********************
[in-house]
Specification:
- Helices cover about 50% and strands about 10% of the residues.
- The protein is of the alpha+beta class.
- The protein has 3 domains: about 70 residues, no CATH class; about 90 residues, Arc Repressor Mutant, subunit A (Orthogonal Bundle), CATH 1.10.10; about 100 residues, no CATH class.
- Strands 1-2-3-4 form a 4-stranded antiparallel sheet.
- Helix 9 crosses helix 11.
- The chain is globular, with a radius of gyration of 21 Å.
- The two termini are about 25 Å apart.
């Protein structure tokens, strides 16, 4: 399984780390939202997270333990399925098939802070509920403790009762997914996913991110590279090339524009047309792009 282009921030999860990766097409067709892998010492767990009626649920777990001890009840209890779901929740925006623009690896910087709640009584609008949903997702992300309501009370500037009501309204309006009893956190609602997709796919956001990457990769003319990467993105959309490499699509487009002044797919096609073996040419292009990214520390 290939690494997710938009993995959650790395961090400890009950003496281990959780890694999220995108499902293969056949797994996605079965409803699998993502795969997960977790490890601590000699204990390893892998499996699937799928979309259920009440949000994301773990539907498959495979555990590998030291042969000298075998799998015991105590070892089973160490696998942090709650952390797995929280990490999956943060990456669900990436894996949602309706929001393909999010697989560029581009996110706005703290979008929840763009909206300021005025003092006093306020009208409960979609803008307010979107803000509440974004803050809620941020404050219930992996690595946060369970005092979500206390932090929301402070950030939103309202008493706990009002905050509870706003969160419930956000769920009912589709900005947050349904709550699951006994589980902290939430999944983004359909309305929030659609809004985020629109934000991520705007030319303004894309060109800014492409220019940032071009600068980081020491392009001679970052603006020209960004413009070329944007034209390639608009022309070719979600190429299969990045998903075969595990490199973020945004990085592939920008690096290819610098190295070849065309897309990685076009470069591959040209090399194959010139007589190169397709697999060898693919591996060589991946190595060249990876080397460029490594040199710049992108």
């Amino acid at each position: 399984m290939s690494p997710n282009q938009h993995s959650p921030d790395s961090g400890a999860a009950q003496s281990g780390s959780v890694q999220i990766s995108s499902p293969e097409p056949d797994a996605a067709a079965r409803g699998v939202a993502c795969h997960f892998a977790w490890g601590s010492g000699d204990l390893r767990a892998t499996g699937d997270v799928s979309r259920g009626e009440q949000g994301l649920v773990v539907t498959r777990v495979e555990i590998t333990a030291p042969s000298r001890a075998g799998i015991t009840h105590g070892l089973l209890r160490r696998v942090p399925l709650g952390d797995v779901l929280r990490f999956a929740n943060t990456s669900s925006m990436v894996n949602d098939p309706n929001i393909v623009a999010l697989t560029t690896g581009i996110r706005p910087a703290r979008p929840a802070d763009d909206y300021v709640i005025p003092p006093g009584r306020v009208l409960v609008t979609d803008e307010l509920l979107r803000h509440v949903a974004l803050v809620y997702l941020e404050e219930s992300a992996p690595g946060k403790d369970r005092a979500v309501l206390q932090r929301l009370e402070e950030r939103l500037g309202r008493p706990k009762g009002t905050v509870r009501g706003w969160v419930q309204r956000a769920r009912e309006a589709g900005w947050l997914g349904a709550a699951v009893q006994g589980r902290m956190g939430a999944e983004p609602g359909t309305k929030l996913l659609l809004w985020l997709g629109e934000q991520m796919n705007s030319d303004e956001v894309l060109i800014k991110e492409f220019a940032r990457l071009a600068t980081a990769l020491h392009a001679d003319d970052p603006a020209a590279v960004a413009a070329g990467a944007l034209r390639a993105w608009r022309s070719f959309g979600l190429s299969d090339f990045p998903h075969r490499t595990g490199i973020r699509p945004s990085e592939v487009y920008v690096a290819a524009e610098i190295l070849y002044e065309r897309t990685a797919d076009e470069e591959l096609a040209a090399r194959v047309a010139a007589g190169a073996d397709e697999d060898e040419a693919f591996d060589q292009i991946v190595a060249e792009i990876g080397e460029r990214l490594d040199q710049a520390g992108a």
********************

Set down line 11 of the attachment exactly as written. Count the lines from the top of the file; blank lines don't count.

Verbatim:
């Amino acid at each position: 399984m290939s690494p997710n282009q938009h993995s959650p921030d790395s961090g400890a999860a009950q003496s281990g780390s959780v890694q999220i990766s995108s499902p293969e097409p056949d797994a996605a067709a079965r409803g699998v939202a993502c795969h997960f892998a977790w490890g601590s010492g000699d204990l390893r767990a892998t499996g699937d997270v799928s979309r259920g009626e009440q949000g994301l649920v773990v539907t498959r777990v495979e555990i590998t333990a030291p042969s000298r001890a075998g799998i015991t009840h105590g070892l089973l209890r160490r696998v942090p399925l709650g952390d797995v779901l929280r990490f999956a929740n943060t990456s669900s925006m990436v894996n949602d098939p309706n929001i393909v623009a999010l697989t560029t690896g581009i996110r706005p910087a703290r979008p929840a802070d763009d909206y300021v709640i005025p003092p006093g009584r306020v009208l409960v609008t979609d803008e307010l509920l979107r803000h509440v949903a974004l803050v809620y997702l941020e404050e219930s992300a992996p690595g946060k403790d369970r005092a979500v309501l206390q932090r929301l009370e402070e950030r939103l500037g309202r008493p706990k009762g009002t905050v509870r009501g706003w969160v419930q309204r956000a769920r009912e309006a589709g900005w947050l997914g349904a709550a699951v009893q006994g589980r902290m956190g939430a999944e983004p609602g359909t309305k929030l996913l659609l809004w985020l997709g629109e934000q991520m796919n705007s030319d303004e956001v894309l060109i800014k991110e492409f220019a940032r990457l071009a600068t980081a990769l020491h392009a001679d003319d970052p603006a020209a590279v960004a413009a070329g990467a944007l034209r390639a993105w608009r022309s070719f959309g979600l190429s299969d090339f990045p998903h075969r490499t595990g490199i973020r699509p945004s990085e592939v487009y920008v690096a290819a524009e610098i190295l070849y002044e065309r897309t990685a797919d076009e470069e591959l096609a040209a090399r194959v047309a010139a007589g190169a073996d397709e697999d060898e040419a693919f591996d060589q292009i991946v190595a060249e792009i990876g080397e460029r990214l490594d040199q710049a520390g992108a």